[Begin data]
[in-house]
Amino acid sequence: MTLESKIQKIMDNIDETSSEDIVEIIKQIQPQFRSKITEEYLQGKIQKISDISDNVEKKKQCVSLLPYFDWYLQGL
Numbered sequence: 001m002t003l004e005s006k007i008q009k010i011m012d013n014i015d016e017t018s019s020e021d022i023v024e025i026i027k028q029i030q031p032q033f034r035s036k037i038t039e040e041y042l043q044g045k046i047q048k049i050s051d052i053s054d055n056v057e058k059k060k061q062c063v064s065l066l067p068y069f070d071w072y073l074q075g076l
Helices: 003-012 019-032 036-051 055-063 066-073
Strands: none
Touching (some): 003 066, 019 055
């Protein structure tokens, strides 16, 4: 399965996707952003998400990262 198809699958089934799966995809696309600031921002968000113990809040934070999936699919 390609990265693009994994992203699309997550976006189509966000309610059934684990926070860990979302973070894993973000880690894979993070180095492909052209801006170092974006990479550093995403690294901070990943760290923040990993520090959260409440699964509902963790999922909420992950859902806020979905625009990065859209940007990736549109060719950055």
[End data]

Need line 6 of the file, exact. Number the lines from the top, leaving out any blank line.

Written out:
Touching (some): 003 066, 019 055